faith, family, friends, life, marriage

Social Media: Watching What We Post

First and foremost…while there is such thing as freedom of speech, I don’t think there is any need to tell everyone every time we do something. I’ve known a few people who post an update to their status nearly minute by minute, and quite frankly, I don’t want to know when you use the toilet.

This is way more about personal opinion, I know. Some people think all the little updates are amusing. And I even have times where I post a lot of updates because I’m bored. (Like right now, sitting in the hospital…it’s tempting to post every time someone comes in my room to check on my baby, to check my oxygen, to draw blood….and you know that stuff happens like every 5 minutes or less!!) But, I find myself asking, “What is the point?” I really like to find a purpose in many of my status updates…whether it is personal and expresses gratitude, or something like a verse from the bible in hopes of encouraging someone else.

Quotes from kids can be great, and even updates about the things we are going through are good. But the biggest question I ask when I’m looking at a picture to share, or thinking of things to write is how does this reflect on what I believe? I say I don’t believe in male bashing, but if every other joke or picture I share is bashing males, am I supporting my own belief? And how do my posts reflect my faith? Am I a Christian on the Internet, or do I pretend like God doesn’t see/know about/care about the content I’m posting and sharing?

Now, don’t get me wrong, I don’t necessarily believe that every single post has to be “preachy” or only scriptures, or anything like that. Just that, if I wouldn’t tell that joke to Jesus, or I wouldn’t stare at that picture with Him sitting here, then why is it on my wall? We cannot truly separate God from any area of our life, including social media. He knows, and sees, and is worthy of our praise, honor, and obedience even when we get online.

The next threat I’ve noticed is spousal bashing, and whining, and complaining, and social media nagging. First off, we all get our feelings hurt, and sometimes we need to talk about it to work through it, I know this for a fact. Social media is not, however, a healthy outlet for this. It is best to choose a mentor, someone who is pro-marriage, and will give you sound, Godly advice. Occasionally in life we are blessed with a friend that will give us this kind of advice, but most often, we must be intentional about finding this type of person.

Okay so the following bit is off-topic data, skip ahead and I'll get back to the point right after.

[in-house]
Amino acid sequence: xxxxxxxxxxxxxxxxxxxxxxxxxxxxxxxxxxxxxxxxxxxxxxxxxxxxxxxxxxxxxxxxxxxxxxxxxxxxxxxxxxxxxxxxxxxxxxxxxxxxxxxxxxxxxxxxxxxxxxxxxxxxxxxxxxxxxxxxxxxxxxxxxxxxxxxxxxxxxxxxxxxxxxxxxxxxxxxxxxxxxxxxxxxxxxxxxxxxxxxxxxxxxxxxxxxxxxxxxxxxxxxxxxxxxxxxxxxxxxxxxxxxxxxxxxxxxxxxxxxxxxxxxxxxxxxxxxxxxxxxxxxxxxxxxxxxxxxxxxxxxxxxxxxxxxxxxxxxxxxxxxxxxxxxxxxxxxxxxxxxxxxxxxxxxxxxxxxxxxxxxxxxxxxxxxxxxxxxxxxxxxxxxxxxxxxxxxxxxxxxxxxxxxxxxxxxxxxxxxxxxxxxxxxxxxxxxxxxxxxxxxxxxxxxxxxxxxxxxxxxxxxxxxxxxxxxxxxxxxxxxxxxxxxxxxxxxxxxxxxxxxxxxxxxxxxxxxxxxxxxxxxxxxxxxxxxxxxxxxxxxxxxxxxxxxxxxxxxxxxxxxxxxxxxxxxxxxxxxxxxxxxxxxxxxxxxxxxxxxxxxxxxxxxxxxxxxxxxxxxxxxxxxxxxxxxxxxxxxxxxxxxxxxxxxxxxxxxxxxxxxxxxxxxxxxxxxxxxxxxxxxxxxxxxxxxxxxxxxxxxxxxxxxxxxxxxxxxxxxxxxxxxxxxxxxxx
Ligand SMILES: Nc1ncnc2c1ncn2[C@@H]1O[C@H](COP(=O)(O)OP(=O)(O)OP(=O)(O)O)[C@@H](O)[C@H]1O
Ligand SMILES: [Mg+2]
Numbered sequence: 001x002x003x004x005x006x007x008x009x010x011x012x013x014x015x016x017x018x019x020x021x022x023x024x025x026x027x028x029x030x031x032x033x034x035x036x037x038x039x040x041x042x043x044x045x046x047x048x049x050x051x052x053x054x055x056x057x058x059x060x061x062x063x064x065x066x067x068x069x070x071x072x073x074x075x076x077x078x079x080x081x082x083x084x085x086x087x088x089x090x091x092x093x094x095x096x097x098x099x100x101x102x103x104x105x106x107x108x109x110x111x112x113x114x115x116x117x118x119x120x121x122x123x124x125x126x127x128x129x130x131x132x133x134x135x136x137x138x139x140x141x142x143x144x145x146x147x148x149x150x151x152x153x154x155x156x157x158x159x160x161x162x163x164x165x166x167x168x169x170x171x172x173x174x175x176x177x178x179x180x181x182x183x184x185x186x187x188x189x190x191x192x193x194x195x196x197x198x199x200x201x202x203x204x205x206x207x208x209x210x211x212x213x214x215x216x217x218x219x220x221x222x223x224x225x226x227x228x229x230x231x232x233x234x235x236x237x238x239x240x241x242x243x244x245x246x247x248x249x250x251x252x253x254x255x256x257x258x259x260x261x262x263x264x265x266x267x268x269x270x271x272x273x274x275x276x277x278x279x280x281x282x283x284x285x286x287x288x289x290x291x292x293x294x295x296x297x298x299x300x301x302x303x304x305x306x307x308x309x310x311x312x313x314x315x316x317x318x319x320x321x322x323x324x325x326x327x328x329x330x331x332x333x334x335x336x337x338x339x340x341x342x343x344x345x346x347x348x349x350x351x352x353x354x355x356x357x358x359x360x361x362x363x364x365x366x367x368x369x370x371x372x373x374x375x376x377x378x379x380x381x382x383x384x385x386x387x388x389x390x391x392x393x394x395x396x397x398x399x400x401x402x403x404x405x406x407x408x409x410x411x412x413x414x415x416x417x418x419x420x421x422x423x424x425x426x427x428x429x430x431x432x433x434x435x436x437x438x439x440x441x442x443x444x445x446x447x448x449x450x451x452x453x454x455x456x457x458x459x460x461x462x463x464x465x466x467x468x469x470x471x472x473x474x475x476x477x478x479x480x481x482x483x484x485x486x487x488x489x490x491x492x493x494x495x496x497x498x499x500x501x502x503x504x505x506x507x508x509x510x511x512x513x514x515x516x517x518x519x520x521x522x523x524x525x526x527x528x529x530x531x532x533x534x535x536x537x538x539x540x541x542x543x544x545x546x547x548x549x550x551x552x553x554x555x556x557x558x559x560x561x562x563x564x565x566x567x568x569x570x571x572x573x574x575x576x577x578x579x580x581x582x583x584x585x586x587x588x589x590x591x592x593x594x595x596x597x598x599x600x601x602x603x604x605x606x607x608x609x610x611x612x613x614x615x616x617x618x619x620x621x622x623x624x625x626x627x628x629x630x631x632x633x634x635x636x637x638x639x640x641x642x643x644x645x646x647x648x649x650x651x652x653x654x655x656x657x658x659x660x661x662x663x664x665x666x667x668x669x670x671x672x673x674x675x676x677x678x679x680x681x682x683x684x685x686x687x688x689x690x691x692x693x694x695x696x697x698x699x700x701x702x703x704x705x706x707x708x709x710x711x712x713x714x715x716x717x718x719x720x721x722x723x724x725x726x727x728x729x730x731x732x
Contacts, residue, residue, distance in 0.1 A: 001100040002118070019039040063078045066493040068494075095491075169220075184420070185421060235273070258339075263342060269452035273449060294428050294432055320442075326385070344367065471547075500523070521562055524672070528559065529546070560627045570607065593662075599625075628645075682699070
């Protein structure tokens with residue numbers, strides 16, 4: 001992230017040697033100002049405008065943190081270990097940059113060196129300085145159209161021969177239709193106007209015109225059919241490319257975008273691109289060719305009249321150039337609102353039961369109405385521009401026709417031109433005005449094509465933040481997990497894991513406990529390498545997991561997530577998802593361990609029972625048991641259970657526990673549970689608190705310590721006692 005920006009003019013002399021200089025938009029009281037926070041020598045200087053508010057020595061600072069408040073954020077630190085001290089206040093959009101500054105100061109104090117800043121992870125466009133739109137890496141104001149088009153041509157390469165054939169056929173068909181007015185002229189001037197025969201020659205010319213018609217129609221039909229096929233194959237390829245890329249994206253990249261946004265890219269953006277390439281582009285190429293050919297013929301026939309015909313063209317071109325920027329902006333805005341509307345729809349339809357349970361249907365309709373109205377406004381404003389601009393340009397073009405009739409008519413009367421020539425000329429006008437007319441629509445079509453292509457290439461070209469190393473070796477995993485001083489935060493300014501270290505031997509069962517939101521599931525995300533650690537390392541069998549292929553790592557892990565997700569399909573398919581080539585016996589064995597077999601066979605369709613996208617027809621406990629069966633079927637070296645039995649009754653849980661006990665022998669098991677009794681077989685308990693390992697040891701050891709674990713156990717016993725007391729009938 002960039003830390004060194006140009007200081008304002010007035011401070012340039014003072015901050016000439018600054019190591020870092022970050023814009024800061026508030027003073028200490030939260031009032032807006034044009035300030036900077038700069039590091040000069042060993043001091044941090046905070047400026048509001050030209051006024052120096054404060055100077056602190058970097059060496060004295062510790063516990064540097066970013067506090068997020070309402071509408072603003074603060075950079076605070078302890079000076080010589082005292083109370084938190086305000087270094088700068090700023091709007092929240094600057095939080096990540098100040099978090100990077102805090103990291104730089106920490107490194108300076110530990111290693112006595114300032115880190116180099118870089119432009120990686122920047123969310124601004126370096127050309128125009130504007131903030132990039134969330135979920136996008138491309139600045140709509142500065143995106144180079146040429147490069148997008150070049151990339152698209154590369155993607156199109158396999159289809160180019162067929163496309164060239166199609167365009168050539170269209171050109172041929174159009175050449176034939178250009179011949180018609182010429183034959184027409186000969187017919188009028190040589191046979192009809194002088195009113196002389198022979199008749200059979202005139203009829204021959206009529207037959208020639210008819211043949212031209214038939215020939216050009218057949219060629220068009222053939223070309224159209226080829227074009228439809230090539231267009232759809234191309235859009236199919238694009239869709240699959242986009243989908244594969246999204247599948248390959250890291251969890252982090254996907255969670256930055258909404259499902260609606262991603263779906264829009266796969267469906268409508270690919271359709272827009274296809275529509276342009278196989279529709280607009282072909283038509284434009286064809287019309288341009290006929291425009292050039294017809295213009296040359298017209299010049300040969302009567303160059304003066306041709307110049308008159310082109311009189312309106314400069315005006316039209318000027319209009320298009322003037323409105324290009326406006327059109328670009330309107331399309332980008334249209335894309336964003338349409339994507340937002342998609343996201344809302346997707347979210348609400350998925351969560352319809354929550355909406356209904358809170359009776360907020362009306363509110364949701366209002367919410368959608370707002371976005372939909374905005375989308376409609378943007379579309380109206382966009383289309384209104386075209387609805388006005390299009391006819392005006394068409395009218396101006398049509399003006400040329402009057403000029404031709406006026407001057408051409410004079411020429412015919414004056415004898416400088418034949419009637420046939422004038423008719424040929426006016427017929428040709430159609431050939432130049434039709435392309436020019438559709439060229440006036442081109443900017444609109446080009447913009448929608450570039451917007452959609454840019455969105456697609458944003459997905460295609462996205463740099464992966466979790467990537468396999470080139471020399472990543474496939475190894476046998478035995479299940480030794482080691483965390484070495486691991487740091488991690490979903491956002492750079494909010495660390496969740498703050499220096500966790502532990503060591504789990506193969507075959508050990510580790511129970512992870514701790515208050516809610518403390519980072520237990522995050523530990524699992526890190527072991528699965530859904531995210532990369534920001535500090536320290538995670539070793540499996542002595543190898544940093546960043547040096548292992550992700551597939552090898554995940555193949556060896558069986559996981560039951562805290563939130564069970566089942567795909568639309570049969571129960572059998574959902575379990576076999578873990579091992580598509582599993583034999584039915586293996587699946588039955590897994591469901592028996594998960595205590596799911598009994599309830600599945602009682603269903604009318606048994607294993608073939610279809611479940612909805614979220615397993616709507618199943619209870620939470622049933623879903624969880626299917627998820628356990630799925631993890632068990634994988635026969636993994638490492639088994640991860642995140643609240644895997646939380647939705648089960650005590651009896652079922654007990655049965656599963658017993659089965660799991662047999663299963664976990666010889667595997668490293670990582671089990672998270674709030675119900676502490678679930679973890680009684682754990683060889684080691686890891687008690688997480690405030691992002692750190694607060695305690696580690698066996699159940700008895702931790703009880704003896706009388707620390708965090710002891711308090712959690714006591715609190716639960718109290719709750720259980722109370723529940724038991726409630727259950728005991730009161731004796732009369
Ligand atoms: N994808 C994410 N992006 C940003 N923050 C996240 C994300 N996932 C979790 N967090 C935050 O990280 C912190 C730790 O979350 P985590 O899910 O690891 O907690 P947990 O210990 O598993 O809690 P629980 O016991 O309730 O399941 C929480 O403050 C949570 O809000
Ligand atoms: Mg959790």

By posting on social media when things aren’t going our way, we open ourselves up to the advice of many people, and not all of that advice is good or healthy. Plus, put yourself in the other person’s shoes (and maybe you’ve really experienced this…) how bad does it hurt for the person you love most dearly to ridicule or put you down publicly? Whether online-public, or amongst a group of friends out to dinner, that is humiliating and instead of repairing the hurt feelings in the relationship, it makes them worse.

Pick positive things to post. Yet, I think it’s important to keep it realistic. Did your hubby bring you home flowers? A short post that displays gratitude for his thoughtfulness is great, but there is no need for a short novel about it. I think it’s important to not only focus on the good things our partner does when we are online, but also when we are talking to our friends, as well. It’s an everyday, all day, and conscious choice to edify our spouses, kids and friends. When we stop doing that, and instead tear them down, we destroy them, we destroy ourselves, and we destroy other people that are affected by our actions and relationship.

Has anyone ever ridiculed you on social media? How did you respond?


10 thoughts on “Social Media: Watching What We Post”

  1. I agree with Barry, Regina. Adding value has validity, and you’ve done that! And I agree with everything else, negative stuff just stinks.


  2. I really appreciate your post. i try to consider what I’m posting on Facebook carefully and am actually appalled by some of the things people say to each other on Facebook with the world watching. Mom needed support not the kids fighting with one another (especially not online).


  3. Nice post Regina and great thoughts. I think the most important thing is to add value. This post definitely qualifies. Thanks


  4. I really, really like your post. I think people don’t think about what they share. I’m SOOO embarrassed by what I see people who should know better do online. A friend of mine recently took to Facebook to rant about how little his brother took care of their mom who was in a mental facility. My friend was taking care of all of her expenses, visiting her weekly and was doing everything for his mom while the brother, ashamed and embarrassed of his mom stayed away and did nothing. He (my friend) took to Facebook to vent, detailing everything, including the fact that his brother, had only given $200 to his mon’s care in the past 6 years. I felt so embarrassed to see how this was playing out. Yet the saddest thing was people were actually sharing it around and encouraging him to ‘vent’. Tsk, tsk tsk.


    1. Wow, Carlana. That is a tragic misuse of FB – including, but not limited to, sharing information that poor Mom might not want shared. We all need support, and we all have frustrations, we just need to choose carefully who we vent to, and where. Thank you for commenting.


  5. Fine post. At first, when I saw the title, I thought this would be all about Big Brother Social Media, watching everything we post. I was delighted (and somewhat convicted, I must admit) to see that your topic was more about watching our OWN posts.
    Those “likes” and “shares” can add up to a characterization we may not intend.
    Visiting from the Ultimate Blog Challenge. We’re on the home-stretch for April!


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